Chronic fatigue breakthrough offers hope for millions
02 July 2015
Magazine issue 3028
Misunderstood and neglected for more than 25 years, there is suddenly
new hope for people diagnosed with what was once cruelly called "yuppy
HAVING a condition that no one understands is bad enough. Having one
that many also doubt the existence of is worse. Yet that has been the
unenviable fate of millions of people diagnosed with chronic fatigue
CFS first entered the medical lexicon in 1988 to describe a cluster of
symptoms without an obvious cause that doctors were seeing in the Lake
Tahoe area of Nevada. The principal symptom was debilitating
tiredness, but people also complained of sore throats, headaches,
muscle pain and various other manifestations of general malaise.
The lack of a clear biological cause, the fuzziness of the symptoms
and the fact that many of the people diagnosed were young
professionals opened the door to a smear campaign. The media were
quick to dub CFS "yuppie flu".
Although it has shaken off some of its more pejorative nicknames in
recent years, CFS has struggled to lose the stigma. People with the
syndrome still say they are not taken seriously, blamed for their
illness, or accused of malingering. Treatments are often psychiatric,
which are a great help to many but unintentionally add weight to the
idea that CFS has no physical cause.
Over the years, medical groups have launched campaigns to have CFS
taken more seriously. The latest was in February, when the US
Institute of Medicine proposed making a clean break with the past by
renaming it systemic exertion intolerance disease. This has not caught
on as yet.
The unsatisfactory state of affairs is largely a reflection of the
fact that we do not have a good biological explanation for CFS. That
has not been for lack of trying, but even here the disease seems to be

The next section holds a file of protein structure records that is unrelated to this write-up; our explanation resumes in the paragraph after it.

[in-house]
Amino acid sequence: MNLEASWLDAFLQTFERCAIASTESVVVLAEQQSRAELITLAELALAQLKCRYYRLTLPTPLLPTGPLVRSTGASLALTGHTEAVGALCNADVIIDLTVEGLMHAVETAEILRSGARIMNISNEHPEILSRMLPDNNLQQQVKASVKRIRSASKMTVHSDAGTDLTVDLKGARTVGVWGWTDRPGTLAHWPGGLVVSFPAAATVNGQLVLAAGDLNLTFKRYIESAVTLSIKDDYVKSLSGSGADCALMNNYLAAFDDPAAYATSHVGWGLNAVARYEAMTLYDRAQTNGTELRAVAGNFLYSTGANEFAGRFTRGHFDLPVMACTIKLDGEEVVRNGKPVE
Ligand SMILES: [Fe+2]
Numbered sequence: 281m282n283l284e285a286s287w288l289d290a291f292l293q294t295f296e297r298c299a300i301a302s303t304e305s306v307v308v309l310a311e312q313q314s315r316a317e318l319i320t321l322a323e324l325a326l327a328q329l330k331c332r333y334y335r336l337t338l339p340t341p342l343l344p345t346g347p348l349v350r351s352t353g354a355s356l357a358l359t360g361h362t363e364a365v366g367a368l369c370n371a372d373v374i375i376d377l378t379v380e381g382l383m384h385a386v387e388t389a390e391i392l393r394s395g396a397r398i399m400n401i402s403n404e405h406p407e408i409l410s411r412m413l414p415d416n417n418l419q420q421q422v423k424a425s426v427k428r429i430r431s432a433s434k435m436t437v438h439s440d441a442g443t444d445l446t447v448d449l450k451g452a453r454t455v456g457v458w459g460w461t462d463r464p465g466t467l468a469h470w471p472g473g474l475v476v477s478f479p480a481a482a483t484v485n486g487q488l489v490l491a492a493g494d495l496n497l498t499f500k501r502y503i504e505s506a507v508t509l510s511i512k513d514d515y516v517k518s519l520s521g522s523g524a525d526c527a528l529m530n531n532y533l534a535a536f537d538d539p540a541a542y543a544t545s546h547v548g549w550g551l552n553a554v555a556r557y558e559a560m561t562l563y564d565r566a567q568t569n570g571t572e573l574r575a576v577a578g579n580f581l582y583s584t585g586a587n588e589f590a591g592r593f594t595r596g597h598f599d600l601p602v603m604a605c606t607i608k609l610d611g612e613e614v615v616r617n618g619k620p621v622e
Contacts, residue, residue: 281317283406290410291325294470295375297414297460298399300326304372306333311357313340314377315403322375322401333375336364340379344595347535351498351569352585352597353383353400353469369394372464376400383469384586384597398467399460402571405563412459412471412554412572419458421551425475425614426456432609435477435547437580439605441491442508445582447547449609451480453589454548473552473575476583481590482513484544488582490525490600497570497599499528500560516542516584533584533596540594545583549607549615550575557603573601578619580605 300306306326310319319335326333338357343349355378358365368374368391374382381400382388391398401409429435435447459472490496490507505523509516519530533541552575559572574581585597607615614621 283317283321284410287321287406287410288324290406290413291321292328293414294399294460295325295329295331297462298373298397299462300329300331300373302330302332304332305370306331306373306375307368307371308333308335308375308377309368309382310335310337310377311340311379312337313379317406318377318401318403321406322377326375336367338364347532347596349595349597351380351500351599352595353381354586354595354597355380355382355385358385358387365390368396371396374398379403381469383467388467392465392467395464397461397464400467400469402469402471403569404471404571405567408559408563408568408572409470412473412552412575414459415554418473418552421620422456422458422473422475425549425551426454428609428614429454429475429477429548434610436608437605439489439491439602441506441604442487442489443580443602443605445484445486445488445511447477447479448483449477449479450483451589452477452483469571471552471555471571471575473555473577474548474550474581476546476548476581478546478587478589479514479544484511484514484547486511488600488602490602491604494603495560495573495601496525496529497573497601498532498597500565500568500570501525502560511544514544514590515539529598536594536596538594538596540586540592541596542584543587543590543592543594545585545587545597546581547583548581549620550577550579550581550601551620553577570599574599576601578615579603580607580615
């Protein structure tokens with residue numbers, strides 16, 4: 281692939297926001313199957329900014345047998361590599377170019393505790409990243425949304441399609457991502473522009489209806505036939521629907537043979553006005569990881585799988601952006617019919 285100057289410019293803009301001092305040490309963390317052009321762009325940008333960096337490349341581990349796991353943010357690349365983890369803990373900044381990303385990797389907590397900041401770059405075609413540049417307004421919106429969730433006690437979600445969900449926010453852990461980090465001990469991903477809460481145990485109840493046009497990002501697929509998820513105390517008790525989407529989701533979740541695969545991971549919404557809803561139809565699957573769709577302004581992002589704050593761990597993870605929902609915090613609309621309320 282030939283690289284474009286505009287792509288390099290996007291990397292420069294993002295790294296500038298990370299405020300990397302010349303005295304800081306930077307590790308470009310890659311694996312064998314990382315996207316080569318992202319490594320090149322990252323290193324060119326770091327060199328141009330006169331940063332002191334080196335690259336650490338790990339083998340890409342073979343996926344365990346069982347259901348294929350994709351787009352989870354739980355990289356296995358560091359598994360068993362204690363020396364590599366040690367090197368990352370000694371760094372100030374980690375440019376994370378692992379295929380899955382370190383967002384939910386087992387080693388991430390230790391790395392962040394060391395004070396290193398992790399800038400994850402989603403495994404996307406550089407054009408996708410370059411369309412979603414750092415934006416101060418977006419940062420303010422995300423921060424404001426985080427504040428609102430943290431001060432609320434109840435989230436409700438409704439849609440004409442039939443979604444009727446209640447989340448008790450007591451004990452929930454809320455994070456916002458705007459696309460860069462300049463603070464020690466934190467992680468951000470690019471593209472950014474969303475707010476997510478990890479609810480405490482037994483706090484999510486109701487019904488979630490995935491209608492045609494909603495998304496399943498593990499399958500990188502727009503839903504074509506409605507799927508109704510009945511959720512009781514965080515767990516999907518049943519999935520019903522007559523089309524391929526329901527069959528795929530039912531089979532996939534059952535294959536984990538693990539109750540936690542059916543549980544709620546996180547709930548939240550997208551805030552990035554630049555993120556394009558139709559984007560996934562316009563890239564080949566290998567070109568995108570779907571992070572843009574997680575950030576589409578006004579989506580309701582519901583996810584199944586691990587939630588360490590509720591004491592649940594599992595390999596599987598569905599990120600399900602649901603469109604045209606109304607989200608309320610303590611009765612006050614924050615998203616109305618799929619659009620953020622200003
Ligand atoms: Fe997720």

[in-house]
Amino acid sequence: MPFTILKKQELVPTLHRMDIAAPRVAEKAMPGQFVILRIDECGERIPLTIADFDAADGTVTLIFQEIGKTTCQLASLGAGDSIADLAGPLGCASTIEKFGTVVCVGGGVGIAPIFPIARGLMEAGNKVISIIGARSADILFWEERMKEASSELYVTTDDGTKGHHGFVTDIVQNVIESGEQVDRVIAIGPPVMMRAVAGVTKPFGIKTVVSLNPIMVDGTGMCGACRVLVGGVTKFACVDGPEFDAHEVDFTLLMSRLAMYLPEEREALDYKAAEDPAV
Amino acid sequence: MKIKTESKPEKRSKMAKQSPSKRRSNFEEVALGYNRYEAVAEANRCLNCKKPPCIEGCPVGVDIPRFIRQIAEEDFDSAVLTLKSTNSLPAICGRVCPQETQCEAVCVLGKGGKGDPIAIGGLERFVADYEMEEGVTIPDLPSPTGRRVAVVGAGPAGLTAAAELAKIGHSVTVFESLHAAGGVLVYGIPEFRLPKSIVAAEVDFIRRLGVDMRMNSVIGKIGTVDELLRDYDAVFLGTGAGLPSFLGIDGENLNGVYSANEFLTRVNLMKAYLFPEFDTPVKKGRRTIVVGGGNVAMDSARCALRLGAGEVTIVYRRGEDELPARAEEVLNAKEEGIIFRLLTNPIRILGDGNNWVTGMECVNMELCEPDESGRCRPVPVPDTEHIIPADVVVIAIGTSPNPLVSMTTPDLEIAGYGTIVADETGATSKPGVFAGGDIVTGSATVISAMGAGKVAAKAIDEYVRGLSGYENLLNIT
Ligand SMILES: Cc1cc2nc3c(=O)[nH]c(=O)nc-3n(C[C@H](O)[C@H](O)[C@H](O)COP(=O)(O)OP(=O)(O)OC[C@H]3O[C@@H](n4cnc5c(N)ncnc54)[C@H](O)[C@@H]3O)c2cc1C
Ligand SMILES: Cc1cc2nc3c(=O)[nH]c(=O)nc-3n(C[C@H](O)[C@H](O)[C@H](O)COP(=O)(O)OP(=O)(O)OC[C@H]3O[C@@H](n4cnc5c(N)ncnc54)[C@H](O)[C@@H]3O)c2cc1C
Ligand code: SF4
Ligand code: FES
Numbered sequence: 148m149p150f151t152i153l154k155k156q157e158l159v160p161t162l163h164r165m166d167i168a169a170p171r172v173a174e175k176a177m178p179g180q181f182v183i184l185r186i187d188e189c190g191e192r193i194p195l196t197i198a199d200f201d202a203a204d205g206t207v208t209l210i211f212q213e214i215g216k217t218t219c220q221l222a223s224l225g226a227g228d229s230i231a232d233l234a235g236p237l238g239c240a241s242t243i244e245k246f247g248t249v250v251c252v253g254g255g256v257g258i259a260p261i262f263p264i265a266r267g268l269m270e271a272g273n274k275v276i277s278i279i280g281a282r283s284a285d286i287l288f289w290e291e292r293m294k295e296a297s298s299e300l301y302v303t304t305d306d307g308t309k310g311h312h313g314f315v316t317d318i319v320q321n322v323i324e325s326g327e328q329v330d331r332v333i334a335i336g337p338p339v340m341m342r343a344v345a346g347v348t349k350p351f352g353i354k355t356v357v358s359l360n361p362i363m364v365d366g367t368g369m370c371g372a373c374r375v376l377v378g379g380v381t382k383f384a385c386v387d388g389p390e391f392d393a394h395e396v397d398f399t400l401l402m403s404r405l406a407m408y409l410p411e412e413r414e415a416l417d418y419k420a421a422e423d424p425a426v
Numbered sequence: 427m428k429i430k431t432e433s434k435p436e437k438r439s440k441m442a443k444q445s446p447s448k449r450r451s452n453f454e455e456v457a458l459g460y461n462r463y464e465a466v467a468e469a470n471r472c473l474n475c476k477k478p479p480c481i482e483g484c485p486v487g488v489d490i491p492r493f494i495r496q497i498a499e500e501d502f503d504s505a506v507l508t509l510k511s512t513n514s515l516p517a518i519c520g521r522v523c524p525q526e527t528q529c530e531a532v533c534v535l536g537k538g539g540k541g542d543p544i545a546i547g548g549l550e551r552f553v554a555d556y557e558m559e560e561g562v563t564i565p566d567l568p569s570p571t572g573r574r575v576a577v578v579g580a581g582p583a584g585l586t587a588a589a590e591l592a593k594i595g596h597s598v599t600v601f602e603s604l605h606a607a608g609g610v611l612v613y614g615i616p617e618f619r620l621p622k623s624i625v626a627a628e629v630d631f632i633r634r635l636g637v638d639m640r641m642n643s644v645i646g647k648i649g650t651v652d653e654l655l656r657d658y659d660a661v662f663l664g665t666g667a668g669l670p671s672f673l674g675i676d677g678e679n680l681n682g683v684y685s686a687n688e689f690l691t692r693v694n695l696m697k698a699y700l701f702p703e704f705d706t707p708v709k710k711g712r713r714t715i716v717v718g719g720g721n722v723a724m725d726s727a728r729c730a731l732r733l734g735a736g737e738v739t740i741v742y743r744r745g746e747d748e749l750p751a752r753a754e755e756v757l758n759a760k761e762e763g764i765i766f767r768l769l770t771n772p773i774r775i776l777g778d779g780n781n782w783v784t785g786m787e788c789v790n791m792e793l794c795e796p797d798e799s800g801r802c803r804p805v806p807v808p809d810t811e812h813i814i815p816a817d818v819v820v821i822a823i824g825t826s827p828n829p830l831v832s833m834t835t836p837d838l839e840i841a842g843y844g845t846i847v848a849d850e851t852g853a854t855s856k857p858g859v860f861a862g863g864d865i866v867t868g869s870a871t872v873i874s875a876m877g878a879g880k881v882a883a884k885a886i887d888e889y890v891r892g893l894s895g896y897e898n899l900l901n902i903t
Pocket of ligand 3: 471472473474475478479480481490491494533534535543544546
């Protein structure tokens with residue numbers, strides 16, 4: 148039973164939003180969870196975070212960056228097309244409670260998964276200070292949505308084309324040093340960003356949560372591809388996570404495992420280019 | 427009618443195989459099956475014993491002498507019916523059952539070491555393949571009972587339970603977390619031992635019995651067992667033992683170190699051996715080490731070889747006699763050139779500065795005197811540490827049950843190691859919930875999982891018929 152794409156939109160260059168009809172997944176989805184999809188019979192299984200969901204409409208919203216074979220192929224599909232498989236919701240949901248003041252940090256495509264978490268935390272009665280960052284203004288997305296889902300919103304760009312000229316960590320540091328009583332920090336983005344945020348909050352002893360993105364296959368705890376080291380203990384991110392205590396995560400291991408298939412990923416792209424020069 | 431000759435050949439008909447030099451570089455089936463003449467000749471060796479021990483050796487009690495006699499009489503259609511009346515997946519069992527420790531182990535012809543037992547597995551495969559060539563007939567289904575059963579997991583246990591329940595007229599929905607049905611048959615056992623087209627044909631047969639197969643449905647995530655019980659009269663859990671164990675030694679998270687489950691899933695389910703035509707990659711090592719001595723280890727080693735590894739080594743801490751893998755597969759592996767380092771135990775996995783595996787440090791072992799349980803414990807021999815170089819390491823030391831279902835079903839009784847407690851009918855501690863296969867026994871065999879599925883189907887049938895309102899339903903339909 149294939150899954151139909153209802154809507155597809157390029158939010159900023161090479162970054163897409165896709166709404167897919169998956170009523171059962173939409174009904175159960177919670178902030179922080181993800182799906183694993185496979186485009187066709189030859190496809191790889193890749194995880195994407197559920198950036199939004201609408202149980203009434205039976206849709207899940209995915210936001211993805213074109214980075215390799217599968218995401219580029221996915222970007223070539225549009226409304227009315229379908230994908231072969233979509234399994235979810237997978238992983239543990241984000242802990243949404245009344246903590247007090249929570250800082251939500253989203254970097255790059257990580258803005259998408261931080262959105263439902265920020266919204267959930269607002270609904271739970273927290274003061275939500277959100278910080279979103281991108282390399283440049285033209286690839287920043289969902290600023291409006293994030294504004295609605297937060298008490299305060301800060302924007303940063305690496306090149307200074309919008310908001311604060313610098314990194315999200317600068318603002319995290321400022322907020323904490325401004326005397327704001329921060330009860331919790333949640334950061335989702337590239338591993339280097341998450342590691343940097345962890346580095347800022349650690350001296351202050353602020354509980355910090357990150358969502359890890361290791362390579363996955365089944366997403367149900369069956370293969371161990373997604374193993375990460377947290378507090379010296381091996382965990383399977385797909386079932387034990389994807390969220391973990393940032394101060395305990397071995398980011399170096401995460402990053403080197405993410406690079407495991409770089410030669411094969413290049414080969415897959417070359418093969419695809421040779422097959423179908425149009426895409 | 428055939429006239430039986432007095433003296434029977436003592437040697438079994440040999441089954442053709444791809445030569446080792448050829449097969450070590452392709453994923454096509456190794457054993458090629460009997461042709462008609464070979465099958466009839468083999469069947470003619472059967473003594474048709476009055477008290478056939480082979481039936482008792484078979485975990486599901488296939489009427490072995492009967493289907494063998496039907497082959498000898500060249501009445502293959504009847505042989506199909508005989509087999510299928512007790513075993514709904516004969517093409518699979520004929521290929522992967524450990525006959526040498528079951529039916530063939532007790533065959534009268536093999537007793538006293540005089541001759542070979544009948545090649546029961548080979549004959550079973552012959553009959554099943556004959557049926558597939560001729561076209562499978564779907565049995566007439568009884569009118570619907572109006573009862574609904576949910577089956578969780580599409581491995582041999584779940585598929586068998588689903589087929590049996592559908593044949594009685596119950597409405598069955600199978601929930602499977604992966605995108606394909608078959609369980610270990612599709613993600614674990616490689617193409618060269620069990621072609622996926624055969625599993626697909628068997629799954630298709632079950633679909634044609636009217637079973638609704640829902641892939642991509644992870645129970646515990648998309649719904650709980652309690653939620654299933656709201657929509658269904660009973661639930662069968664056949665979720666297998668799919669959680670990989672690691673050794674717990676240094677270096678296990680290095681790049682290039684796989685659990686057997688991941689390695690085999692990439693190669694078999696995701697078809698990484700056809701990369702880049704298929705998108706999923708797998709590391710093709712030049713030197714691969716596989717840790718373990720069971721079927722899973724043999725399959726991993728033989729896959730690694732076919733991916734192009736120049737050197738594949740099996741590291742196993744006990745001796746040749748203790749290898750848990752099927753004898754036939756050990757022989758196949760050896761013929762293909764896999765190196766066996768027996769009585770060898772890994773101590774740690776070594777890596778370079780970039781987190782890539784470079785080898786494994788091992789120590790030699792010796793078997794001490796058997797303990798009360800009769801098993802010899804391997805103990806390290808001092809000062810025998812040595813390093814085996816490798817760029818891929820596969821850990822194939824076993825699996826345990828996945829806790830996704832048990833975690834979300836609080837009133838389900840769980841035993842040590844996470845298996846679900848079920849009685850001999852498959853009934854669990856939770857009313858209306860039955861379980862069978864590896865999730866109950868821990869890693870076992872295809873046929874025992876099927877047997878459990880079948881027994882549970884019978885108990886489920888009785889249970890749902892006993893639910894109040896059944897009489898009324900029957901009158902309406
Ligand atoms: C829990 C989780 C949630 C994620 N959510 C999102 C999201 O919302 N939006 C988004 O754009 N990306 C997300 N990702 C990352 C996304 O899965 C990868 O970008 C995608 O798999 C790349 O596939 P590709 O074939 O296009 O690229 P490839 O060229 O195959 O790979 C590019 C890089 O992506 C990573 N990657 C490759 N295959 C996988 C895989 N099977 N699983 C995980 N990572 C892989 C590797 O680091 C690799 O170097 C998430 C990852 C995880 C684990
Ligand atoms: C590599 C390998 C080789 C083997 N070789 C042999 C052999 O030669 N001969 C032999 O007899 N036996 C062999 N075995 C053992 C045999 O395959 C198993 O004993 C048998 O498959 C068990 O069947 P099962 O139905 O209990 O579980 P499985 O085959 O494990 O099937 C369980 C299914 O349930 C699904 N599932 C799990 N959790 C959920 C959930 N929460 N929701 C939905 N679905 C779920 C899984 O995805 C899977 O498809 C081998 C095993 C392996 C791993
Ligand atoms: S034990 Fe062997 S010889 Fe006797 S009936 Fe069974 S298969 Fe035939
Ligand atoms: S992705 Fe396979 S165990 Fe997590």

a magnet for controversy. A paper published in 2009 in Science claimed
to have found an association between CFS and a mouse virus. The paper
was later retracted after other teams failed to replicate the result.
Now there is hope of a breakthrough. Researchers in Norway have been
trialling a drug normally used to knock out white blood cells in
people with lymphoma and rheumatoid arthritis. Two thirds of the
people who took it experienced major remission of CFS symptoms,
essentially returning to normal life, with bursts of vitality
unthinkable while they were ill (see "Antibody wipeout relieves
symptoms of chronic fatigue syndrome").
The discovery – which sprang from a serendipitous observation – offers
more than just the promise of a much-needed treatment. It also
suggests that the symptoms are somehow caused by antibodies originally
produced to fight off an infection. The researchers speculate that
they might disrupt blood flow, leaving muscles drained of energy.
If correct, this brings the scientific story full circle. CFS was
initially suspected to be a "post-viral" syndrome – the lingering
after-effects of an infection with Epstein-Barr. More importantly, it
could offer people diagnosed with CFS both physical relief and
There are wider implications too. Pain and fatigue without an obvious
cause account for a large percentage of visits to the doctor, and
usually have an unsatisfactory outcome. On top of that, there are many
other conditions – Morgellons, for example – that struggle for
credibility. If the CFS mystery is finally solved, that offers hope to
countless others struggling with unexplained symptoms. It may take
another serendipitous discovery, but science is good at those.
This article appeared in print under the headline "Revitalised"